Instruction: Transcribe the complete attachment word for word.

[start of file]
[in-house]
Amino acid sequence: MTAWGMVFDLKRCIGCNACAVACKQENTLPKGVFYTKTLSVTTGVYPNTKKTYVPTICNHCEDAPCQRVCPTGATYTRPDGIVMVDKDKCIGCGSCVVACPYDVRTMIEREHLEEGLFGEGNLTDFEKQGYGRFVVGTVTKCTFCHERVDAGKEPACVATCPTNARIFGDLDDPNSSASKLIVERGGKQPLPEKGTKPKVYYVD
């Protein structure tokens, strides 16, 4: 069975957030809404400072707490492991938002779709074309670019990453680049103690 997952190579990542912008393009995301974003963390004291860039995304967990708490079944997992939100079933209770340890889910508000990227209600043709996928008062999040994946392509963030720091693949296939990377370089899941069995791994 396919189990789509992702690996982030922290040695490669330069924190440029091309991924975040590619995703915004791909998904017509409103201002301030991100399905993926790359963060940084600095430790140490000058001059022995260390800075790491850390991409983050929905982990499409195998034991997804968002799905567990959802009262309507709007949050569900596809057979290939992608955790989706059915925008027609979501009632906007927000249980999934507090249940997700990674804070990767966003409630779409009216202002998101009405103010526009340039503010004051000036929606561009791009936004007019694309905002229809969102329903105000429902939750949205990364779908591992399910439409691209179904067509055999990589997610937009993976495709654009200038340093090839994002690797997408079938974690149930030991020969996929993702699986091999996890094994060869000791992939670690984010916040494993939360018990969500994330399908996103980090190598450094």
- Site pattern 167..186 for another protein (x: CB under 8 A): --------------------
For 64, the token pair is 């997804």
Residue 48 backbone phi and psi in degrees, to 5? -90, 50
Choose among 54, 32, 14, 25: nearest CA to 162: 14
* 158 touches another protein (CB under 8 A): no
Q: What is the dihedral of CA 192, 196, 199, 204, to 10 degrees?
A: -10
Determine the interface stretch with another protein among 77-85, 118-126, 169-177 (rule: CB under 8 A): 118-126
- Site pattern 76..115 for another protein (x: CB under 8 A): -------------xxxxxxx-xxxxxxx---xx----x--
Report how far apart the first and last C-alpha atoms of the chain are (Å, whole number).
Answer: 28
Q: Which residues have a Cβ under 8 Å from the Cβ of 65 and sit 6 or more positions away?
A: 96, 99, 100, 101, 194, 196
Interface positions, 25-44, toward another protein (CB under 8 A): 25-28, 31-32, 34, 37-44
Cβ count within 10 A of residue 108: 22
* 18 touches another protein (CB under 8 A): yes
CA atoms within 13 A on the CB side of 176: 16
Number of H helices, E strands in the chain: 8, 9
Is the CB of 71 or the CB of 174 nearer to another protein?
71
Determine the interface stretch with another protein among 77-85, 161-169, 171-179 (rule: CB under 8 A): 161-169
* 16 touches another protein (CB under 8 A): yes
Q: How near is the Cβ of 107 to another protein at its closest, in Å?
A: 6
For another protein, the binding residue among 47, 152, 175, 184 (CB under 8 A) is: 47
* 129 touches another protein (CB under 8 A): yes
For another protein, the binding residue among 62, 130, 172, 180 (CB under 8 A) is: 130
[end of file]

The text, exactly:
[in-house]
Amino acid sequence: MTAWGMVFDLKRCIGCNACAVACKQENTLPKGVFYTKTLSVTTGVYPNTKKTYVPTICNHCEDAPCQRVCPTGATYTRPDGIVMVDKDKCIGCGSCVVACPYDVRTMIEREHLEEGLFGEGNLTDFEKQGYGRFVVGTVTKCTFCHERVDAGKEPACVATCPTNARIFGDLDDPNSSASKLIVERGGKQPLPEKGTKPKVYYVD
């Protein structure tokens, strides 16, 4: 069975957030809404400072707490492991938002779709074309670019990453680049103690 997952190579990542912008393009995301974003963390004291860039995304967990708490079944997992939100079933209770340890889910508000990227209600043709996928008062999040994946392509963030720091693949296939990377370089899941069995791994 396919189990789509992702690996982030922290040695490669330069924190440029091309991924975040590619995703915004791909998904017509409103201002301030991100399905993926790359963060940084600095430790140490000058001059022995260390800075790491850390991409983050929905982990499409195998034991997804968002799905567990959802009262309507709007949050569900596809057979290939992608955790989706059915925008027609979501009632906007927000249980999934507090249940997700990674804070990767966003409630779409009216202002998101009405103010526009340039503010004051000036929606561009791009936004007019694309905002229809969102329903105000429902939750949205990364779908591992399910439409691209179904067509055999990589997610937009993976495709654009200038340093090839994002690797997408079938974690149930030991020969996929993702699986091999996890094994060869000791992939670690984010916040494993939360018990969500994330399908996103980090190598450094």
- Site pattern 167..186 for another protein (x: CB under 8 A): --------------------
For 64, the token pair is 């997804």
Residue 48 backbone phi and psi in degrees, to 5? -90, 50
Choose among 54, 32, 14, 25: nearest CA to 162: 14
* 158 touches another protein (CB under 8 A): no
Q: What is the dihedral of CA 192, 196, 199, 204, to 10 degrees?
A: -10
Determine the interface stretch with another protein among 77-85, 118-126, 169-177 (rule: CB under 8 A): 118-126
- Site pattern 76..115 for another protein (x: CB under 8 A): -------------xxxxxxx-xxxxxxx---xx----x--
Report how far apart the first and last C-alpha atoms of the chain are (Å, whole number).
Answer: 28
Q: Which residues have a Cβ under 8 Å from the Cβ of 65 and sit 6 or more positions away?
A: 96, 99, 100, 101, 194, 196
Interface positions, 25-44, toward another protein (CB under 8 A): 25-28, 31-32, 34, 37-44
Cβ count within 10 A of residue 108: 22
* 18 touches another protein (CB under 8 A): yes
CA atoms within 13 A on the CB side of 176: 16
Number of H helices, E strands in the chain: 8, 9
Is the CB of 71 or the CB of 174 nearer to another protein?
71
Determine the interface stretch with another protein among 77-85, 161-169, 171-179 (rule: CB under 8 A): 161-169
* 16 touches another protein (CB under 8 A): yes
Q: How near is the Cβ of 107 to another protein at its closest, in Å?
A: 6
For another protein, the binding residue among 47, 152, 175, 184 (CB under 8 A) is: 47
* 129 touches another protein (CB under 8 A): yes
For another protein, the binding residue among 62, 130, 172, 180 (CB under 8 A) is: 130